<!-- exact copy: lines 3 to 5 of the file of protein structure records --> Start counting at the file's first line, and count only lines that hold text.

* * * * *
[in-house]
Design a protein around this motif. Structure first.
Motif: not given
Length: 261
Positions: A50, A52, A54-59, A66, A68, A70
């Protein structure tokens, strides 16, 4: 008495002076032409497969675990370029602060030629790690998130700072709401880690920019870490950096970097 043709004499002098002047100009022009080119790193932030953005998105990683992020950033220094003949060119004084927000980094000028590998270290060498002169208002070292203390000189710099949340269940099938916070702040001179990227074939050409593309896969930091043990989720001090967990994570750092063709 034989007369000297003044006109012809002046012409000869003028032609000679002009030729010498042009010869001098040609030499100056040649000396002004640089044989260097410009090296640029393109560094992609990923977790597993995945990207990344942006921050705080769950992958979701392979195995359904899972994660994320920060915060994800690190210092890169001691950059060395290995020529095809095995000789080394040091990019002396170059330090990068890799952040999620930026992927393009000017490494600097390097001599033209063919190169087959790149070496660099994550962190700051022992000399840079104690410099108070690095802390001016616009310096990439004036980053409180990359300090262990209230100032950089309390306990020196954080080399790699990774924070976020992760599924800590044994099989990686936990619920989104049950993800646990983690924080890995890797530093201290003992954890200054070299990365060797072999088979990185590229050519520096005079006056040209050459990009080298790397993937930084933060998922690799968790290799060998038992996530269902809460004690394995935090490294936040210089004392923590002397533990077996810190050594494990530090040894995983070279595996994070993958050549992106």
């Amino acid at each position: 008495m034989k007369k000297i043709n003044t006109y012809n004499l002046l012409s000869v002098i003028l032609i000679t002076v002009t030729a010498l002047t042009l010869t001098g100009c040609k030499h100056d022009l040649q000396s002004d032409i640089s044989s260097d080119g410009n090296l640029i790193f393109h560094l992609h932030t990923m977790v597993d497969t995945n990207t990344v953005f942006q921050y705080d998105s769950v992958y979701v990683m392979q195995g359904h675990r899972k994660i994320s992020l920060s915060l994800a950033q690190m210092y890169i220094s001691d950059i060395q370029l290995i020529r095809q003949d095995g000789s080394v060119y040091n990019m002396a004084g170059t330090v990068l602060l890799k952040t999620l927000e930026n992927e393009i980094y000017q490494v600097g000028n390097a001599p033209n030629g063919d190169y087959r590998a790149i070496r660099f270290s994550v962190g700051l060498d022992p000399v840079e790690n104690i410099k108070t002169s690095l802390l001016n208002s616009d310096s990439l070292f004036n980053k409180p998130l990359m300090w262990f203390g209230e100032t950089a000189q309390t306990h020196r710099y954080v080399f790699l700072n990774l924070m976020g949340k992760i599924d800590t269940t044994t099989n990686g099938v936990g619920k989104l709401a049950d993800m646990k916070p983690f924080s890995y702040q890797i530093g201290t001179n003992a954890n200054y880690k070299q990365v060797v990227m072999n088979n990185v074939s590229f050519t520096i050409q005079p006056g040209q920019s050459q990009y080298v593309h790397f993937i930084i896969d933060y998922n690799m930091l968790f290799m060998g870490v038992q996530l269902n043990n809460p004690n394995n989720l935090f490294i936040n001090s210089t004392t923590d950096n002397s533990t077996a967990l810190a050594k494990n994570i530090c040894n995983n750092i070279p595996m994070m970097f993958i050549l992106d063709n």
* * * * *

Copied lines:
Motif: not given
Length: 261
Positions: A50, A52, A54-59, A66, A68, A70